BMJ Case Reports 2012; doi:10.1136/bcr-2012-006377
  • Reminder of important clinical lesson

Unsuspected pheochromocytoma of the urinary bladder: reminder of an important clinical lesson

  1. Anurag Rai
  1. Department of Surgery, CSMMU Lucknow, Lucknow, Uttar Pradesh, India
  1. Correspondence to Dr Harvinder Singh Pahwa, pahwakgmu{at}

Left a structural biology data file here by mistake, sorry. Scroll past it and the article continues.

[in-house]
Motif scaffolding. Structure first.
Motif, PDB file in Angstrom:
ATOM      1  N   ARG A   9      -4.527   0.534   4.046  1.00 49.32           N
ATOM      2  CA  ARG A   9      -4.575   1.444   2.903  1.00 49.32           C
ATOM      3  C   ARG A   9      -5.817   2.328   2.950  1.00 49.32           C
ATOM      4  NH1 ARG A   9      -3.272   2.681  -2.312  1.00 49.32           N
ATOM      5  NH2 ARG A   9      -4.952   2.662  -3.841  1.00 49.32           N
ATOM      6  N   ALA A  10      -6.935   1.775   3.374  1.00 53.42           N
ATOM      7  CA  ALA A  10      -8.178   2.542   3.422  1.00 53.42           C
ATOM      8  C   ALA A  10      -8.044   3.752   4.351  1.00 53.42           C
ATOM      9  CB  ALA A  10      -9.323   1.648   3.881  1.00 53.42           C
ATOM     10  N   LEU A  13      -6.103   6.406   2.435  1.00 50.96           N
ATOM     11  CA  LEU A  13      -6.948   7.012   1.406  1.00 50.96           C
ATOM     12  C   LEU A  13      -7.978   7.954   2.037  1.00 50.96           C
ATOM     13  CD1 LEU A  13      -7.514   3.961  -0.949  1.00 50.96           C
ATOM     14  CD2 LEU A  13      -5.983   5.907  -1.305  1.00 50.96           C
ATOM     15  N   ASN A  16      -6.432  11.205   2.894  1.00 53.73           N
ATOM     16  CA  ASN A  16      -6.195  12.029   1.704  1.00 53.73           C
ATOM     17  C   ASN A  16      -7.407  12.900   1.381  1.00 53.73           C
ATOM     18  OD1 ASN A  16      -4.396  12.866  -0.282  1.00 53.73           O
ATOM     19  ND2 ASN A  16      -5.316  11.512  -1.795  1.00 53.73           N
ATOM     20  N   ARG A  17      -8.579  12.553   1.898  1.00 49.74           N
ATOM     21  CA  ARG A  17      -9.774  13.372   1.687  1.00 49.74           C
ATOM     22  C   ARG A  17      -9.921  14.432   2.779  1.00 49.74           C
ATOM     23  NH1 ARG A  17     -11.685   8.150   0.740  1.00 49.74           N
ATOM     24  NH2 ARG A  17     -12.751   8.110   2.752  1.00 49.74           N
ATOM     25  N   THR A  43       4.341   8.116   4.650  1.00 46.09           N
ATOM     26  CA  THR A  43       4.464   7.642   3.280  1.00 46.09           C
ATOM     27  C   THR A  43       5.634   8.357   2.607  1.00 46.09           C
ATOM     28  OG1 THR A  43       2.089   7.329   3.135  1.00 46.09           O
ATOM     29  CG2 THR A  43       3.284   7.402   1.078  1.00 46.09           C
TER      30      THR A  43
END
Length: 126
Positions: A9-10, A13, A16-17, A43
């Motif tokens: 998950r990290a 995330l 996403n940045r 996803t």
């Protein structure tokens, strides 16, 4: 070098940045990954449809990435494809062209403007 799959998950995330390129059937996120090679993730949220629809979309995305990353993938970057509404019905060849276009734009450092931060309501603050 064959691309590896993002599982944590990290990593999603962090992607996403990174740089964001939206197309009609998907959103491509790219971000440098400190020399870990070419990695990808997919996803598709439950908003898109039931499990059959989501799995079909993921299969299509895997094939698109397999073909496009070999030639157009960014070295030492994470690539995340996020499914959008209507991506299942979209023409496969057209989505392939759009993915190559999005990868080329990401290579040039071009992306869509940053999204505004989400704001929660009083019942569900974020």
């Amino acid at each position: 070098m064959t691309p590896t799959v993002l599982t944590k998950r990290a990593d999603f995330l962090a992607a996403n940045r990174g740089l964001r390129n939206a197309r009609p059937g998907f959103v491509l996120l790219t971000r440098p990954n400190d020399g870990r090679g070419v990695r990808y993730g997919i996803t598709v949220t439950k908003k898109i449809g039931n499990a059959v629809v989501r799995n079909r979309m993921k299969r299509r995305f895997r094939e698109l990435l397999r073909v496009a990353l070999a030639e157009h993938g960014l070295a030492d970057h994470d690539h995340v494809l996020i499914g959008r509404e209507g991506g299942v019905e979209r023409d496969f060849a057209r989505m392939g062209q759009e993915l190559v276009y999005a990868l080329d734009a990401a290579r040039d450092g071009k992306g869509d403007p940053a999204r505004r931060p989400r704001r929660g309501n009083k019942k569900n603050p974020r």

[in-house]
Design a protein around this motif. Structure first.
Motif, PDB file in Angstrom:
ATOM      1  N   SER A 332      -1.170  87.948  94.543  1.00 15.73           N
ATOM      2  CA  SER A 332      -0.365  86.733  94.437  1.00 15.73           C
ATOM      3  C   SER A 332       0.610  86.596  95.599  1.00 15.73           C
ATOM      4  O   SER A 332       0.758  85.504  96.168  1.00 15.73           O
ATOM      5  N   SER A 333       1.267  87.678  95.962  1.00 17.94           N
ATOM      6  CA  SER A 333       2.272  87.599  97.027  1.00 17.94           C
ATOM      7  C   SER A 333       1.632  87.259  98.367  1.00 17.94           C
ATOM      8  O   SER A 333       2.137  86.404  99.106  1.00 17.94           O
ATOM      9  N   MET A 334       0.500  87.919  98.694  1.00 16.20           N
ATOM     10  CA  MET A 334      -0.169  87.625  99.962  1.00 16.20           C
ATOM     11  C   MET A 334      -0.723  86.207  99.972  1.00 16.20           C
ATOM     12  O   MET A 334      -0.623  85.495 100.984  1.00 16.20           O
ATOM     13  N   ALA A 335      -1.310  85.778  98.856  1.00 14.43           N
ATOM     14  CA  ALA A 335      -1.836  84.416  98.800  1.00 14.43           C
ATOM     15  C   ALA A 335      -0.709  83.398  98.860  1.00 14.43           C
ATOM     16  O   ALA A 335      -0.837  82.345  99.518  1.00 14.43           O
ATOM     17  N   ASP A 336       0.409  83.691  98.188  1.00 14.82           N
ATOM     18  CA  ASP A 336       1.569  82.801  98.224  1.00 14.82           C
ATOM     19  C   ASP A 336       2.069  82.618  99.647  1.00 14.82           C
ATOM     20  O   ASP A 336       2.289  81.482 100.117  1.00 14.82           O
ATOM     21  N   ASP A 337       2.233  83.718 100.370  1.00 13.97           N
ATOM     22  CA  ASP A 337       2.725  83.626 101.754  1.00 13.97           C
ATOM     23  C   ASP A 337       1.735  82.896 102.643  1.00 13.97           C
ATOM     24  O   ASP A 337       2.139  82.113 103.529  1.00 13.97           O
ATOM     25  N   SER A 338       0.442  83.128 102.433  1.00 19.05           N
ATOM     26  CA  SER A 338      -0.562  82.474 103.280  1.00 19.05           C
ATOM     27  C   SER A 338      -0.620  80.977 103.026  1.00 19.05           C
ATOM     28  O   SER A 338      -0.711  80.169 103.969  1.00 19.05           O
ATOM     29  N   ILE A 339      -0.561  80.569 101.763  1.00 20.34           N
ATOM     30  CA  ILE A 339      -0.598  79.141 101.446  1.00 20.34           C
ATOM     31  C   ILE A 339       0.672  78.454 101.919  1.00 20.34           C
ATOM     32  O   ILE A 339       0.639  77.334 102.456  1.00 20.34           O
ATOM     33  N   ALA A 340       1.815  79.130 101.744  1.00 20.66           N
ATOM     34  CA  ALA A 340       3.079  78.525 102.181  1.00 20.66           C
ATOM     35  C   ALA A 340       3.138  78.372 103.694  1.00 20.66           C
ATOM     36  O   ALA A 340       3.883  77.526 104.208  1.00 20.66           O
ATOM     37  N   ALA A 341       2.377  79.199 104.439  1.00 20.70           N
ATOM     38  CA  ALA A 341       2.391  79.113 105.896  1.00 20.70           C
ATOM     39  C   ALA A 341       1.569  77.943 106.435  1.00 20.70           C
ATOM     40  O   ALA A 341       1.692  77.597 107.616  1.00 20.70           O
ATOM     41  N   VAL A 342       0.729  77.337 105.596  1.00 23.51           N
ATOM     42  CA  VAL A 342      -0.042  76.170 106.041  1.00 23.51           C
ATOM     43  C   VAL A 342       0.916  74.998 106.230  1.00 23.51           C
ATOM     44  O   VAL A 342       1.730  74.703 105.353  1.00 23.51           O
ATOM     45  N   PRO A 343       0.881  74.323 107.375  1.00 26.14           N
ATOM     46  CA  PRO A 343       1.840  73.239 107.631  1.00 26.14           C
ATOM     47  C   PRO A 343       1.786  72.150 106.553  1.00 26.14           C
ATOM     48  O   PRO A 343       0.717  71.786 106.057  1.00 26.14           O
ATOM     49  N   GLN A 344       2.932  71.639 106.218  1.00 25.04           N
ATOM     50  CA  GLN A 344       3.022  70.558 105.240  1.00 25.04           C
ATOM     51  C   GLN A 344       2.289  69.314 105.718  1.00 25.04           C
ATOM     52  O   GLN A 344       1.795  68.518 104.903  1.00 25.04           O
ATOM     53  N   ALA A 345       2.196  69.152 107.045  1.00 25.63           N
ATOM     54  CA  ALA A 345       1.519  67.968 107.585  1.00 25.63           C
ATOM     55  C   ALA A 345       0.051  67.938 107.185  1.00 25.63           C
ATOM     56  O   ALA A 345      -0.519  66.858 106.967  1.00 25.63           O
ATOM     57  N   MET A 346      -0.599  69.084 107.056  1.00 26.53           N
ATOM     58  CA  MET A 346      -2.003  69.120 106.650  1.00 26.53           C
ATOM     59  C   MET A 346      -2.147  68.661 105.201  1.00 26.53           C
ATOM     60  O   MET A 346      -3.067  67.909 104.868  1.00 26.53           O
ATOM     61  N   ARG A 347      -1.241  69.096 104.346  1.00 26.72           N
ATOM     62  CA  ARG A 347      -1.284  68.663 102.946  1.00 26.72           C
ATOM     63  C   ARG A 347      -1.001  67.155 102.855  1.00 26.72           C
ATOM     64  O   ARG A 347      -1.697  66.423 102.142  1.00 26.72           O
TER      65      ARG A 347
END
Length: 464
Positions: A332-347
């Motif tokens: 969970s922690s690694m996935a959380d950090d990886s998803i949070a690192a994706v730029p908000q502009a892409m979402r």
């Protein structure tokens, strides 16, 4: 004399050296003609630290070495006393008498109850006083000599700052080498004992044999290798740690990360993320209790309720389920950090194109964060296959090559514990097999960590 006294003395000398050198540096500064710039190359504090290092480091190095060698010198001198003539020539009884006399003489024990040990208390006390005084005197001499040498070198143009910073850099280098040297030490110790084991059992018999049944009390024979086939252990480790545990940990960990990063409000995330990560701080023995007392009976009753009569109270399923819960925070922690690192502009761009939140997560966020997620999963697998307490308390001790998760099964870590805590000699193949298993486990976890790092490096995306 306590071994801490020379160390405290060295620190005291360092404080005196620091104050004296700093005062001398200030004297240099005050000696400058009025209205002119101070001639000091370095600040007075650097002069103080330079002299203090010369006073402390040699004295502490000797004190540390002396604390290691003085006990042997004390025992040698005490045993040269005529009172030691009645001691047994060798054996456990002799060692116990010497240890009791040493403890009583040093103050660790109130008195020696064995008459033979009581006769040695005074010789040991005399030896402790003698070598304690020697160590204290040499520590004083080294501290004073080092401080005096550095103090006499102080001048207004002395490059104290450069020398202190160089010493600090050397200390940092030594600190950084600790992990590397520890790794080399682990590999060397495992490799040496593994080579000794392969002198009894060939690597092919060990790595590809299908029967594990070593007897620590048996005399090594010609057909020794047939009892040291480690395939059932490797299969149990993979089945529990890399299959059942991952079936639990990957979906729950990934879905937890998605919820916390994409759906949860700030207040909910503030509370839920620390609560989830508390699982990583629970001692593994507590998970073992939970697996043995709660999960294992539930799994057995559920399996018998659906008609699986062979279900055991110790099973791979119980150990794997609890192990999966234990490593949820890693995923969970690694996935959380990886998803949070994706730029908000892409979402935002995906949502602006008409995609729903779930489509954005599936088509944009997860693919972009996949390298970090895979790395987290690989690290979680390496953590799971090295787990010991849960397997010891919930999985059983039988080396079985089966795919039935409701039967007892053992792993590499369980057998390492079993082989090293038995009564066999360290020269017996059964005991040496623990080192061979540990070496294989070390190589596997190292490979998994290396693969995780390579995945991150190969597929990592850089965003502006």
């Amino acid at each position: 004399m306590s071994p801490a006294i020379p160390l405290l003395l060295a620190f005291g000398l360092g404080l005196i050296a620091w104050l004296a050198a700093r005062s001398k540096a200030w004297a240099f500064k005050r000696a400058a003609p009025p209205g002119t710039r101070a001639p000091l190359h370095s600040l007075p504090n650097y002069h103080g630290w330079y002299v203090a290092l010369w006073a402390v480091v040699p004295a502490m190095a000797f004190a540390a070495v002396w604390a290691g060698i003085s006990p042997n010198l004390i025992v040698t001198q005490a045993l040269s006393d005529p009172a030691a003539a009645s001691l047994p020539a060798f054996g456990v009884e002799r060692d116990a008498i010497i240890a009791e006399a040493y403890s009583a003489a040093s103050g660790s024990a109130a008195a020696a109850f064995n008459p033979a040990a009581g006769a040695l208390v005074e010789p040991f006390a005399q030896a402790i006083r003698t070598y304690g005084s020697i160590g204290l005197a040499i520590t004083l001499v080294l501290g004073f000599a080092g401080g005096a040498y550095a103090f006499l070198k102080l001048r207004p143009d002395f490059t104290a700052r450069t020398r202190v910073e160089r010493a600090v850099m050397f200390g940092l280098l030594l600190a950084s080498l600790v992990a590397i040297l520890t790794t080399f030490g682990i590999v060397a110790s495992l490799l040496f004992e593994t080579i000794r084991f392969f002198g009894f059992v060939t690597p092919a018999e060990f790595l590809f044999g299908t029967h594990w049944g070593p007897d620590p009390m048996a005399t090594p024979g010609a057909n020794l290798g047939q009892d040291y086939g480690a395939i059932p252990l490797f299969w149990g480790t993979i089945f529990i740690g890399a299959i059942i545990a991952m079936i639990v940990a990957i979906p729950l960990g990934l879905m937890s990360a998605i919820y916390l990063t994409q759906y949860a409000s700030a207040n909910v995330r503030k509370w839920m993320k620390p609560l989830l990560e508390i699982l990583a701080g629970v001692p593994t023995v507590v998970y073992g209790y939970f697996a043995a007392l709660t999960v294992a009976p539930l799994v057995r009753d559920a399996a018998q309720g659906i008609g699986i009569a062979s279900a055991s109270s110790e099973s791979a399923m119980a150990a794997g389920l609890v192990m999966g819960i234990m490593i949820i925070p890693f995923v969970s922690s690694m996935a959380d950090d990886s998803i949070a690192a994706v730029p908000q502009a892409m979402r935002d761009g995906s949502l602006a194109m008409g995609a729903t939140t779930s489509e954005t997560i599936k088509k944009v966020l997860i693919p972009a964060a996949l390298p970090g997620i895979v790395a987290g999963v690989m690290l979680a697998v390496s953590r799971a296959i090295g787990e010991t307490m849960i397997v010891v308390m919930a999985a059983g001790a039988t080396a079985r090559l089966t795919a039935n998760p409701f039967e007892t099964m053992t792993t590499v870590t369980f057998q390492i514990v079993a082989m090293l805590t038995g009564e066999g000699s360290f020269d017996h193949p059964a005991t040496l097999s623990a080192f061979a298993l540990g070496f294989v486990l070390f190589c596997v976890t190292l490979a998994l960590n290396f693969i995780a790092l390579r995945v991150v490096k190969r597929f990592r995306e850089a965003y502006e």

Bladder pheochromocytoma creates an extremely rare situation (0.06% of all bladder tumours). We came across a case with a complaint of intermittent episodes of haematuria. Cystoscopy revealed a solid, bluish submucosal growth with increased vascularity. Immediately after taking biopsy, the patient developed a sharp headache, chest heaviness and marked rise in blood pressure. The procedure was abandoned. Later, serum and urinary markers for pheochromocytoma were within normal limits. The histopathology report came out to be pheochromocytoma of the bladder. Later, partial cystectomy was carried out under general anaesthesia and histopathology confirmed the same. Thus, a surgeon/urologist should have a high index of suspicion for bladder pheochromocytoma while dealing with such cases if he comes across the characteristic symptoms of sharp headache, hypertension, palpitation, sweating, fainting or blurring of vision immediately after voiding or during the cystoscopic manipulation of tumour or cystoscopic findings of a submucosal supratrigonal vascular tumour with a bluish hue.

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